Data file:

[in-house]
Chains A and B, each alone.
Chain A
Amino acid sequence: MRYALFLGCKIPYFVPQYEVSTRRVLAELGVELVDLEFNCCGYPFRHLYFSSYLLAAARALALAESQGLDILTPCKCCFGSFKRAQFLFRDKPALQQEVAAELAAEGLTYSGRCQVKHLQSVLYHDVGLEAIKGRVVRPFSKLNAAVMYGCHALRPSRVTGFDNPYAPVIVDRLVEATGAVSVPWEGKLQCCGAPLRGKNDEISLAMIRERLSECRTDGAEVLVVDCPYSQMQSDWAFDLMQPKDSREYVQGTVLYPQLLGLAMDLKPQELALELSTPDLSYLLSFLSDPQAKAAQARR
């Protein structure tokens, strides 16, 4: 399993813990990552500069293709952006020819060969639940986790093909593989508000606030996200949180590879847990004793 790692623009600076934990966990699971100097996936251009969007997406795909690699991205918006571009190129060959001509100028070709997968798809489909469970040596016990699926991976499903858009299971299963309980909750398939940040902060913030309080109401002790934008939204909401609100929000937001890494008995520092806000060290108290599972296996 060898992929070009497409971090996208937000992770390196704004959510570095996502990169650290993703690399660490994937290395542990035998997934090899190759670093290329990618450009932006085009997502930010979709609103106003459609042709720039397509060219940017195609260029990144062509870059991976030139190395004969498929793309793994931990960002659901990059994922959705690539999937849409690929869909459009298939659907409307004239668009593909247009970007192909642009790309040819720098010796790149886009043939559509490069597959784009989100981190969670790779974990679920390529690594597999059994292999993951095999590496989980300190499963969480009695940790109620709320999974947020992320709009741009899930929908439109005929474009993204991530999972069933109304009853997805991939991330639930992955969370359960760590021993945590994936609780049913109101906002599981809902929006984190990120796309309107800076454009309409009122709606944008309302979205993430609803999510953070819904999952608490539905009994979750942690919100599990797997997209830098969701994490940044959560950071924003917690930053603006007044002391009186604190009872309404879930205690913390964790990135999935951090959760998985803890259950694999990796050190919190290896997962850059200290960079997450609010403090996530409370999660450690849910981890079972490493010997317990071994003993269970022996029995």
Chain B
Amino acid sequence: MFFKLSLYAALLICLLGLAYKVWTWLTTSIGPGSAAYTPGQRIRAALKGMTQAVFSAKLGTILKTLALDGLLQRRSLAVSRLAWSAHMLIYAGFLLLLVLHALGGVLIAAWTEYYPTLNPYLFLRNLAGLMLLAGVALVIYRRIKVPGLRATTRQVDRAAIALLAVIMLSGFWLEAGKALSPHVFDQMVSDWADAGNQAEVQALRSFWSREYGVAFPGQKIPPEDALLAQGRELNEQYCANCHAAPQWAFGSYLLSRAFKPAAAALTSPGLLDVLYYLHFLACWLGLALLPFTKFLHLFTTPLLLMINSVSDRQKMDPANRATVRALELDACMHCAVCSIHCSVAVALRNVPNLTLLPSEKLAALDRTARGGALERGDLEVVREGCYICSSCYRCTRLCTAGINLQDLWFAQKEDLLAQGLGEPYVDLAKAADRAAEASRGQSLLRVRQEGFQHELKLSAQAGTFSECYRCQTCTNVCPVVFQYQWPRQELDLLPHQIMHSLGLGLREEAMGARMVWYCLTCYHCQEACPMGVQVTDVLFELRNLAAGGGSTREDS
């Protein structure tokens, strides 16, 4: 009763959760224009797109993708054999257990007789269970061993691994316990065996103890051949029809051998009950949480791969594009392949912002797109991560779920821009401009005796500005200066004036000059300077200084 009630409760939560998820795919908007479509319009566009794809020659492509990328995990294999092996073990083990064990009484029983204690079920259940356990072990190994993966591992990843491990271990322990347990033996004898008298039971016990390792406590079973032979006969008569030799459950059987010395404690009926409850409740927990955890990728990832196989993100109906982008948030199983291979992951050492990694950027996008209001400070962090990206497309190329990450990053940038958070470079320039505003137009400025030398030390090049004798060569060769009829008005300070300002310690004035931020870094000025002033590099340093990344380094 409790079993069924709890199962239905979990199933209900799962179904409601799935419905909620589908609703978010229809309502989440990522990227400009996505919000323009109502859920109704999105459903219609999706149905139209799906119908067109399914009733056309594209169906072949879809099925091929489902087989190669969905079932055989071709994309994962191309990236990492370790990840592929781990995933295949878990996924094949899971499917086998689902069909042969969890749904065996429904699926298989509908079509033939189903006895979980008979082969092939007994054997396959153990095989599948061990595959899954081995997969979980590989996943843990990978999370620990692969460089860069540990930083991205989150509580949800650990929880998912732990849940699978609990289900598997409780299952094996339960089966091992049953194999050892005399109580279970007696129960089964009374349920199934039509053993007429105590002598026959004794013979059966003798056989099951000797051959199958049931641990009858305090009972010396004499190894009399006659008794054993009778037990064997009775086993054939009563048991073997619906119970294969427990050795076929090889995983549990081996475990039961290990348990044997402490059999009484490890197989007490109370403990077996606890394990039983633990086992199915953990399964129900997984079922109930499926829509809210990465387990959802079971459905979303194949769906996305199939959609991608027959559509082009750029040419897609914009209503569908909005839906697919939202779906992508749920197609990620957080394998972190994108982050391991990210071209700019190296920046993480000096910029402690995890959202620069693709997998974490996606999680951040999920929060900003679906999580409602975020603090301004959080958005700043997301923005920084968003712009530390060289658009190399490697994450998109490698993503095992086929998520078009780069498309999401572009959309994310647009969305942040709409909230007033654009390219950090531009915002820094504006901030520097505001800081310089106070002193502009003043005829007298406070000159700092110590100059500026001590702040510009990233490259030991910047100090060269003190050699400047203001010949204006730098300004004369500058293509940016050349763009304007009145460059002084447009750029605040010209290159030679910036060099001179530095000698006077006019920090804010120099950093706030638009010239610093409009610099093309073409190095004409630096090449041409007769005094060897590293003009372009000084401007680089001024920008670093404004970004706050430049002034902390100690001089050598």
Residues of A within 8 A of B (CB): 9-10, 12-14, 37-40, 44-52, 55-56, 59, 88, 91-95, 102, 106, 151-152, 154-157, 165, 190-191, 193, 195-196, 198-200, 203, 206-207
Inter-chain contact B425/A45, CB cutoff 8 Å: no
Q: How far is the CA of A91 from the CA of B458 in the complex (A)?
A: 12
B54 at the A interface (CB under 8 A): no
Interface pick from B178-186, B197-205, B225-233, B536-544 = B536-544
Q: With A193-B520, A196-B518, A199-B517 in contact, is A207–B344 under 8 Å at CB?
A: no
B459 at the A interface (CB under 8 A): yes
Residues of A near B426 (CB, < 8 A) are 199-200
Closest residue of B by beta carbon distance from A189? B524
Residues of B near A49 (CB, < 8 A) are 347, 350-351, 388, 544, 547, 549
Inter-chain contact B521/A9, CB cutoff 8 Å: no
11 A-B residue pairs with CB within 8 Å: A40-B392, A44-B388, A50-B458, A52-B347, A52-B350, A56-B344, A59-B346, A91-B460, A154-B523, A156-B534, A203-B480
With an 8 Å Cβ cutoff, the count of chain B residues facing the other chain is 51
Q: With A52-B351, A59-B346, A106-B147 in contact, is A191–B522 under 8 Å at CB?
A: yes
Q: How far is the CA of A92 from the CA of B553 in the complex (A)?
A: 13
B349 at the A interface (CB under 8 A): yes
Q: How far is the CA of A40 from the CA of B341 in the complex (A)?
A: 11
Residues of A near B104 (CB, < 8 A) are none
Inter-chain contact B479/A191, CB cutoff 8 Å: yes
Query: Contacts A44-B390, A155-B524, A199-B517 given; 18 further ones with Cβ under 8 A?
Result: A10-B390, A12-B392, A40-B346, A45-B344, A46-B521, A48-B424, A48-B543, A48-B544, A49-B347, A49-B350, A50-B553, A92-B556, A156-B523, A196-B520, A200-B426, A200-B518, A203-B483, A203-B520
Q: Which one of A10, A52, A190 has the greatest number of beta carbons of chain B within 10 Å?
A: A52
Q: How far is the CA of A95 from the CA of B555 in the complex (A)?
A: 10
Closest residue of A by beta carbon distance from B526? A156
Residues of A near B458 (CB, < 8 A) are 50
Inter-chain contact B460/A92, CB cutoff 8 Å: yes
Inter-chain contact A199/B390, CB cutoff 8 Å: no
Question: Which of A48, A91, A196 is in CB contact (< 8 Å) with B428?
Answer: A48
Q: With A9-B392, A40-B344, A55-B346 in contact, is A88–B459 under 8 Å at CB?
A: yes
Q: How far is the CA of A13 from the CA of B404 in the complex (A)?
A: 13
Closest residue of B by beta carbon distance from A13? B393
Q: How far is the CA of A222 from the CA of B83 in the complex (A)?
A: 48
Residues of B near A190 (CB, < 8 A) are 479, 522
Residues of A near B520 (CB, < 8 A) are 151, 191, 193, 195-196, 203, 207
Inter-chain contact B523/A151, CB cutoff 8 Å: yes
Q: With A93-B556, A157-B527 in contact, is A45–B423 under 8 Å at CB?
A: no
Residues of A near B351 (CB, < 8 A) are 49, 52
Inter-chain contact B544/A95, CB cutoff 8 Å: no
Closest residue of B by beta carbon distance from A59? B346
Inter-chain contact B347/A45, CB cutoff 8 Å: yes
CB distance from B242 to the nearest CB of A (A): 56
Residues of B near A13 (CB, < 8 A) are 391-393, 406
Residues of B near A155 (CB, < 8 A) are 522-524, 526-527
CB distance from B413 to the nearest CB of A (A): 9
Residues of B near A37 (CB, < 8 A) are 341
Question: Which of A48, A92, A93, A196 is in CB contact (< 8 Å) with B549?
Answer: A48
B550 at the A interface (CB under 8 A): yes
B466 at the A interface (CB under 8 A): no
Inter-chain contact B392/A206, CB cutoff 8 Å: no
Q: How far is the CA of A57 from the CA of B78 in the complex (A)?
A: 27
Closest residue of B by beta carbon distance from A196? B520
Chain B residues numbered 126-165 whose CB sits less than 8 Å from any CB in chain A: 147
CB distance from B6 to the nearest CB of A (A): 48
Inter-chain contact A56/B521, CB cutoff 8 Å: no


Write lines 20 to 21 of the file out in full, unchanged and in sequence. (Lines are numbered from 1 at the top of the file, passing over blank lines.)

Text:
Residues of B near A49 (CB, < 8 A) are 347, 350-351, 388, 544, 547, 549
Inter-chain contact B521/A9, CB cutoff 8 Å: no